• Represent 10 adult consumers in inpatient and residential facilities and advocate for them to live in the least restrictive setting appropriate to meet their needs.

    • Represent 20 adult consumers living in the community in their efforts to obtain appropriate, individualized mental health services, including interagency care coordination, and enforce their right to access existing programs, housing, governmental services and public accommodations.

    • Represent 4 children with serious emotional disturbance in accessing appropriate, individualized, coordinated mental health services and supports in the community.

    • Represent 6 individuals with obtaining access to appropriate community-based services within the first 6 months of their release from the D.C. Jail and the Federal Bureau of Prisons.

    • Provide self-advocacy assistance to 5 adult consumers with mental illness to strengthen their abilities to advocate for their rights, services and supports in the community.

  1. Monitor, investigate, and advocate against improper seclusion, restraint, and medication and other abusive and neglectful conduct at facilities where D.C. residents receive mental health service or seek to receive mental health services.

    • Investigate on behalf of 10 adult consumers who have been improperly secluded, restrained, medicated, or otherwise been abused or neglected.

    • Investigate on behalf of 2 children or youth in residential, inpatient, or educational settings who allege abuse or neglect.

    • Through advocacy, including the Department of Mental Health grievance procedures, represent 10 consumers regarding rights violation by providers in institutions.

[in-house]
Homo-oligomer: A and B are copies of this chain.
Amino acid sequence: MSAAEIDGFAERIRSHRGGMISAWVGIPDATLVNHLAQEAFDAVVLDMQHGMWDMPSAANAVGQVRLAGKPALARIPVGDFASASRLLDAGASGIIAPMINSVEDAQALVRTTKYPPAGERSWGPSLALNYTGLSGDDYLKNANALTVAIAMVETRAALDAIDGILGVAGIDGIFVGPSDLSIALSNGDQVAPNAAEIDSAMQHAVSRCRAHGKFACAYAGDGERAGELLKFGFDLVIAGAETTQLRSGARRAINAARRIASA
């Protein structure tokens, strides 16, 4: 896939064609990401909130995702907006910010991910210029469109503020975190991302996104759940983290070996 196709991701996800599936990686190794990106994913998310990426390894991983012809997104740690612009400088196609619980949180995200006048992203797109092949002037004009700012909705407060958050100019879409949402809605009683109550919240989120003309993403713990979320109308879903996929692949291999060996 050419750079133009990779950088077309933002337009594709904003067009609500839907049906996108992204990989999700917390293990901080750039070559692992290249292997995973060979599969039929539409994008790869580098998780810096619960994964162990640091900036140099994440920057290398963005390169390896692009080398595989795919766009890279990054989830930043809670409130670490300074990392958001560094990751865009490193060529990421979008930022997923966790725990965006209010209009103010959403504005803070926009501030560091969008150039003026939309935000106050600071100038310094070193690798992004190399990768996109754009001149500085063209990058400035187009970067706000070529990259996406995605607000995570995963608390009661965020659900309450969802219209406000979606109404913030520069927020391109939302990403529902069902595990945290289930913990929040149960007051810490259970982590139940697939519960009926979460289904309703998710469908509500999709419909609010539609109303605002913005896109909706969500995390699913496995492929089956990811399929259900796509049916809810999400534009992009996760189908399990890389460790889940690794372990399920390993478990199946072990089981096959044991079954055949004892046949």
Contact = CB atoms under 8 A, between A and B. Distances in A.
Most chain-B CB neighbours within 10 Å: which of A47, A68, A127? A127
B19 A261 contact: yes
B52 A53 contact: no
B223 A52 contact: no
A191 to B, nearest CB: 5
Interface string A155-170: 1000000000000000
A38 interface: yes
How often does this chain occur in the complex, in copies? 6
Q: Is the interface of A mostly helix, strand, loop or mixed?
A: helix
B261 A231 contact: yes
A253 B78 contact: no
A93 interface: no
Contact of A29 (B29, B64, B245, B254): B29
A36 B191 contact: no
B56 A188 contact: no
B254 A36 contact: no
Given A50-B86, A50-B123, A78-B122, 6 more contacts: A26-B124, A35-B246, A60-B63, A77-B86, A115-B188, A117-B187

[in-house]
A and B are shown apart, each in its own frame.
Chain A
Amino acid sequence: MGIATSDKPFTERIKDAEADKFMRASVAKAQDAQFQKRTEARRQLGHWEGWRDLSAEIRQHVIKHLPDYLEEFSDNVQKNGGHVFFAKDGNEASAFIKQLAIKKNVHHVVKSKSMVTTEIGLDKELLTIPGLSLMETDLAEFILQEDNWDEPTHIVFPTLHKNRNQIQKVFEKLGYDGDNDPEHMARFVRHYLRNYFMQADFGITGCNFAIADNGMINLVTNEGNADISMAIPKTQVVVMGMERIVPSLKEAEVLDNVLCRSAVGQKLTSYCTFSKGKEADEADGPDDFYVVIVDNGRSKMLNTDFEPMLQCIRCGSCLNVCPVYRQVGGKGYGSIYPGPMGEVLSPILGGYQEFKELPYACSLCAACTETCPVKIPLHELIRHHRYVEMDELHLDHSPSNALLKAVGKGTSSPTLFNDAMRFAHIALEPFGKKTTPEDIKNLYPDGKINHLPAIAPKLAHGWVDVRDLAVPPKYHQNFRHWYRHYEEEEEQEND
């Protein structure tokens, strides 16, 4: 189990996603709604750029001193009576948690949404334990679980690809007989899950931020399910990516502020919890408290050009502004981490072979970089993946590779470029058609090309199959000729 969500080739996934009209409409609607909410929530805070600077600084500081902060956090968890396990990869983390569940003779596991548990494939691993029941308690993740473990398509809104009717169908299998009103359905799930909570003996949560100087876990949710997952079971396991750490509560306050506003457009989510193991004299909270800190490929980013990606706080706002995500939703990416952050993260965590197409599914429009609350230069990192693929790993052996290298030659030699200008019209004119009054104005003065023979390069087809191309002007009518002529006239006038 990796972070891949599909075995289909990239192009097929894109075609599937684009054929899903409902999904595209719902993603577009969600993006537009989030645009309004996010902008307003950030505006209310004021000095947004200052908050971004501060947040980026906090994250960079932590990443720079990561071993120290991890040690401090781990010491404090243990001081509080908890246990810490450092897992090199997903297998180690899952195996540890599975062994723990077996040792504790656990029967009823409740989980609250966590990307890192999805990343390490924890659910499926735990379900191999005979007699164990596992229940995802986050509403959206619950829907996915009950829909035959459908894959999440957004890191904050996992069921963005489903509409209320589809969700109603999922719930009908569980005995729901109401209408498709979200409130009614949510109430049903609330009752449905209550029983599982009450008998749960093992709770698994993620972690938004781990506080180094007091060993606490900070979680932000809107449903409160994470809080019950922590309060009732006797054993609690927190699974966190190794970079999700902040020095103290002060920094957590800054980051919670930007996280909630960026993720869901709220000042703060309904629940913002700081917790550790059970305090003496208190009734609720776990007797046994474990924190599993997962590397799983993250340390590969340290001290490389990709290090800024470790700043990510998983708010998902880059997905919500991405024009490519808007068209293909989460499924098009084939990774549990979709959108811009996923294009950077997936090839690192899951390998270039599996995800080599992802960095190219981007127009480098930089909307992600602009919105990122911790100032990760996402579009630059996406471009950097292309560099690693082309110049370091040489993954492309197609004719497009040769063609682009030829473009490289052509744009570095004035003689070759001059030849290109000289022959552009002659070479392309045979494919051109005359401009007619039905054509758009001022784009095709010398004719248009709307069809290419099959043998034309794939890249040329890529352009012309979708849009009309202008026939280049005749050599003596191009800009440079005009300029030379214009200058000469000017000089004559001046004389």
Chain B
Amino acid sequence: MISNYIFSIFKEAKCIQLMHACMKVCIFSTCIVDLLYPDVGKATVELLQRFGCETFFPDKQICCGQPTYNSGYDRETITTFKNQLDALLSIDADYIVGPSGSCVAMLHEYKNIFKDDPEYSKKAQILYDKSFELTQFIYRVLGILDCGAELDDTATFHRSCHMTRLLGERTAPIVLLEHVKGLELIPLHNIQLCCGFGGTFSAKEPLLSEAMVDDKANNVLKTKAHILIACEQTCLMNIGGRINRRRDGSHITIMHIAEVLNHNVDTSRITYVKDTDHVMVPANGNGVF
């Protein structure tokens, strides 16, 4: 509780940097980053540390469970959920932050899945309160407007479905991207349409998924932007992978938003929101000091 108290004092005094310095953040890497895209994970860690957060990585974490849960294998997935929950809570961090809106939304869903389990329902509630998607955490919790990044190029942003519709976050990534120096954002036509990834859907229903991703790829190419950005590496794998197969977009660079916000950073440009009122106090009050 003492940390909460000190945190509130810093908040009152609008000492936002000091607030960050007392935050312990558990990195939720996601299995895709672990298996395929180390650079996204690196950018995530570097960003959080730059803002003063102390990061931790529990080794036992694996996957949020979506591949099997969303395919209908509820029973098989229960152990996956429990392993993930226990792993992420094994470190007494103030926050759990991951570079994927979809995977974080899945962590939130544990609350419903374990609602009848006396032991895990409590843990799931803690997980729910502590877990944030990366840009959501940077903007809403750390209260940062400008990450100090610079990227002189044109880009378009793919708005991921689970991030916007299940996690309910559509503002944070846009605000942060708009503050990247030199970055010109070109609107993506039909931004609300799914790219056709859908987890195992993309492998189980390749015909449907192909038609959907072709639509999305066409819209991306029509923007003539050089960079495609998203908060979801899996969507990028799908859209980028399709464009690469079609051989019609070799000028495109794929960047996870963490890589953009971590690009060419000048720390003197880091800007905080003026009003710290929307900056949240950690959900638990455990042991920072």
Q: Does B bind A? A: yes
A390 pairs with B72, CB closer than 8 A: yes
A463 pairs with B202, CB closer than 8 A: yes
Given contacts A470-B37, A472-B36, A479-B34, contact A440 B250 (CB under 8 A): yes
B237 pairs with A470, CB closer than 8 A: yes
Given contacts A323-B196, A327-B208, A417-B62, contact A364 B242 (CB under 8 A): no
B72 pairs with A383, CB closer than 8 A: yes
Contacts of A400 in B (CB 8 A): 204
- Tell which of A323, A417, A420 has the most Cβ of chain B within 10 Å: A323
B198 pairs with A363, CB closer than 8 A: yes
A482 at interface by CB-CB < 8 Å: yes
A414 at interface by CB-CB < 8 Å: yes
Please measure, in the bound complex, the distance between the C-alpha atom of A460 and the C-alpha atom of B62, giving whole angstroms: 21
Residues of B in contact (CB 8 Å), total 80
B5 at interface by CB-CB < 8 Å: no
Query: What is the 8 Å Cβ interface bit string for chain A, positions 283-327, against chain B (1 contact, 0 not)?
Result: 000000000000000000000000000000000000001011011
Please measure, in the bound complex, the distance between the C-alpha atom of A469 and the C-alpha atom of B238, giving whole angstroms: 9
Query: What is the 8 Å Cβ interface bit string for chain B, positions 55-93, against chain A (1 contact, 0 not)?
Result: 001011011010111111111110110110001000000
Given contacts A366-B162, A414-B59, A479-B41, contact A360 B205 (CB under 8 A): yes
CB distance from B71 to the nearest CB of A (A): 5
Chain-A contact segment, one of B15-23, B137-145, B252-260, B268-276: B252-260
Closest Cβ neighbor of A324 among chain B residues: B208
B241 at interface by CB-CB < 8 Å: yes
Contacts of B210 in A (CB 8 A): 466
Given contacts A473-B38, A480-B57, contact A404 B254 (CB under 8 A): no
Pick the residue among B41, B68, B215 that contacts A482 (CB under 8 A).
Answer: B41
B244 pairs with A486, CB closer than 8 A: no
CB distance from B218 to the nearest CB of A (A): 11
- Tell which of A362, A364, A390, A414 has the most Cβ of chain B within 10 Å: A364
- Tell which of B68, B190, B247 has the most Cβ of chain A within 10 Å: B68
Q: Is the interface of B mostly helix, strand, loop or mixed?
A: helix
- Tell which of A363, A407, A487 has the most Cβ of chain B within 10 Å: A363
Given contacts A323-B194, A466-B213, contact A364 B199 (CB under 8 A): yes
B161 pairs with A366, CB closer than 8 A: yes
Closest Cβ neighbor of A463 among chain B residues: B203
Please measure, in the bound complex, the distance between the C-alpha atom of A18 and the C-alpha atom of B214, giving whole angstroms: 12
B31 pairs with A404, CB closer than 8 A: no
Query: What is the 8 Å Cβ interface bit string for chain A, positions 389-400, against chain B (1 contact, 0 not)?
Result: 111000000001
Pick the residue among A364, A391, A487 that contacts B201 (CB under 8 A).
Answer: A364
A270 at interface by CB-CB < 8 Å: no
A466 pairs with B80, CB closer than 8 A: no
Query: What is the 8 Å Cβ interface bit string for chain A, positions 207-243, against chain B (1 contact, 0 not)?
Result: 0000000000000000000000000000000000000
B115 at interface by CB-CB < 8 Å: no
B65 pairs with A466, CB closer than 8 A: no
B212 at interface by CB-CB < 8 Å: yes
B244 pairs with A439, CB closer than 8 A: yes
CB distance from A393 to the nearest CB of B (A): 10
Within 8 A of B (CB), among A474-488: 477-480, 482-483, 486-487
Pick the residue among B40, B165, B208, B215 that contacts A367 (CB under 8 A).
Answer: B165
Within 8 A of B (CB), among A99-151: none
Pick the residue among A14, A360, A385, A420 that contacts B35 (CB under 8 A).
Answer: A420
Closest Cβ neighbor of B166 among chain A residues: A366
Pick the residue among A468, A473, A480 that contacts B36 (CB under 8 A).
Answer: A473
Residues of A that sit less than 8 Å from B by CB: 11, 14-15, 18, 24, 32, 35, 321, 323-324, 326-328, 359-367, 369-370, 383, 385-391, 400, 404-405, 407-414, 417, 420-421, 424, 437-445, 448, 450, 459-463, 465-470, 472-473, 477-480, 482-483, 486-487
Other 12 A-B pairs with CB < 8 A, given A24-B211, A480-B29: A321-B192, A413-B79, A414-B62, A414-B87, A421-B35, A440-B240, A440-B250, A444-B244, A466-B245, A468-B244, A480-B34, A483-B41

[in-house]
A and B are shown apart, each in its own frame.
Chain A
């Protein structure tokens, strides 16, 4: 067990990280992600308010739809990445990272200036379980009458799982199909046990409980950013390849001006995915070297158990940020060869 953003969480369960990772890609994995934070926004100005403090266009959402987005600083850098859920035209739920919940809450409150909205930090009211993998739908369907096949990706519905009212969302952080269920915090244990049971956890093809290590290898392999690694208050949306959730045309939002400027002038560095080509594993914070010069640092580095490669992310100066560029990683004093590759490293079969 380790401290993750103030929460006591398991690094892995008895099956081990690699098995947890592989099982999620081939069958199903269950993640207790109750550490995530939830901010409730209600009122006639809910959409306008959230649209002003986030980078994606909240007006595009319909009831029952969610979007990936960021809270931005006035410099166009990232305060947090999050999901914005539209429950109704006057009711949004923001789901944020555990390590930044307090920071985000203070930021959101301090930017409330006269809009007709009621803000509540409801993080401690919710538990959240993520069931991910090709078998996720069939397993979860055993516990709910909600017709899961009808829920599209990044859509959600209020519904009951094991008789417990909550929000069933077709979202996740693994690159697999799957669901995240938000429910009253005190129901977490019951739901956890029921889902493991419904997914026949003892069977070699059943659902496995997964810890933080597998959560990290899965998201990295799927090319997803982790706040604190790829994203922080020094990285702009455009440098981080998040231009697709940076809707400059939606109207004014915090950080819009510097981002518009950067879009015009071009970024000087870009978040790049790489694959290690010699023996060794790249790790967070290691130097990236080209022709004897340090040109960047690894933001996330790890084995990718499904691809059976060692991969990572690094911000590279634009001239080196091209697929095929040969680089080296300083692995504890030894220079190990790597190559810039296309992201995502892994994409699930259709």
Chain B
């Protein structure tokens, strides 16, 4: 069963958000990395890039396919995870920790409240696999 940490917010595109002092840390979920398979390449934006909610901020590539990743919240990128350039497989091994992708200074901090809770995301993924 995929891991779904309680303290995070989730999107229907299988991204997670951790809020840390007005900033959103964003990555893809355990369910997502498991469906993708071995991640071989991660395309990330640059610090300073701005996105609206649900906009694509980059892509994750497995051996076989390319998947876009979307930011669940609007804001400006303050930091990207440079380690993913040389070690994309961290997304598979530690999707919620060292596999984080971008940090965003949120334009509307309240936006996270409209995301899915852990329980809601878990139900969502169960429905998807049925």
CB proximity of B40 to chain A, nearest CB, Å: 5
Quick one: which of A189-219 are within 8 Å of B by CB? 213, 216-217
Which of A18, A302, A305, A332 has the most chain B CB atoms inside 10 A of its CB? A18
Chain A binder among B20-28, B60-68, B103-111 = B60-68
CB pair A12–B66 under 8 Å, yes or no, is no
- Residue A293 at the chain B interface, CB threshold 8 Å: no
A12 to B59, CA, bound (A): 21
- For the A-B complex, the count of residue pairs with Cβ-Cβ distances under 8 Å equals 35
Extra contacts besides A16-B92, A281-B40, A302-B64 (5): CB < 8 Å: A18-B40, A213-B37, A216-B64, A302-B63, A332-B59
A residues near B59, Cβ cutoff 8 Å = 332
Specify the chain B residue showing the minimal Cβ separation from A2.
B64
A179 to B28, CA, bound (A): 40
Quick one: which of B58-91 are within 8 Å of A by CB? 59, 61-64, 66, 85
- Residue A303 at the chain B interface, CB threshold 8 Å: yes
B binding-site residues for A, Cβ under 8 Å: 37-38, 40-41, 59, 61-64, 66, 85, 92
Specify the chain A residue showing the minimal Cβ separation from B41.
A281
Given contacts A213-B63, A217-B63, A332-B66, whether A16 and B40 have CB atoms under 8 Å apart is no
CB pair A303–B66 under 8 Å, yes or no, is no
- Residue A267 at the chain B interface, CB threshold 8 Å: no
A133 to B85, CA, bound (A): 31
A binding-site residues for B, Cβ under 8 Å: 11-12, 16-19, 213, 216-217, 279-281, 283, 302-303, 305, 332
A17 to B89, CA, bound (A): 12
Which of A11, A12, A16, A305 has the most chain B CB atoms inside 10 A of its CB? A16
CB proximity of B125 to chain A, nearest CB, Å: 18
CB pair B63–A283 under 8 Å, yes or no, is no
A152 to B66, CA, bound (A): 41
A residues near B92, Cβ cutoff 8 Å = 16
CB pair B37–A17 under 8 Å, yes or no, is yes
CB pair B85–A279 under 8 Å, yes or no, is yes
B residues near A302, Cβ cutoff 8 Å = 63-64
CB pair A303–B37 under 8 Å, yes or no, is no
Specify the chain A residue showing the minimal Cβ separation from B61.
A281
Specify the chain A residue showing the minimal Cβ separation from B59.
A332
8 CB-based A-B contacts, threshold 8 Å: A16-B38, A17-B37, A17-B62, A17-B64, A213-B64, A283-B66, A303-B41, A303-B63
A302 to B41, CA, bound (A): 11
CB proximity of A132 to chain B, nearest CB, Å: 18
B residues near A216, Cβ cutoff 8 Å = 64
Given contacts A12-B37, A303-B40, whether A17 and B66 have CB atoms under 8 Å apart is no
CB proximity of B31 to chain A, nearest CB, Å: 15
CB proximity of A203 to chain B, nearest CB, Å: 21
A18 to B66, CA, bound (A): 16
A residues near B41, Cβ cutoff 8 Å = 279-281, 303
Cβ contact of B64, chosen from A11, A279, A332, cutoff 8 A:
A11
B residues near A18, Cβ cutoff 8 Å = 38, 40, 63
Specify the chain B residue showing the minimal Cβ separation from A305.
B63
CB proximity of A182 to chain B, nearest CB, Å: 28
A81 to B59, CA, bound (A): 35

1. Conduct outreach and education to individuals with a mental illness, their family members, the government, court-appointed guardians, and service providers about individual rights and ways to reduce reliance on institution-based and segregated mental health services.

    • Conduct 10 outreach, monitoring, and education sessions for children and youth at local psychiatric hospitals, group homes, and residential treatment centers.

    • Conduct 15 outreach, monitoring, and education sessions for adult consumers and staff at hospitals that accept involuntarily- committed patients, and at residential treatment programs that house people with dual diagnoses.

    • Conduct 8 outreach and education sessions for youth or adults receiving mental health treatment inside or recently released from correctional facilities.

    • Conduct 3 outreach, monitoring, and education sessions at homeless shelters serving youth and adult mental health consumers.

    • Conduct 2 outreach and educate the community to promote inclusion and quality secondary transition services for children with serious emotional disturbance in District of Columbia Public Schools and Public Charter Schools, and to educate parents and children about their educational rights and improve services.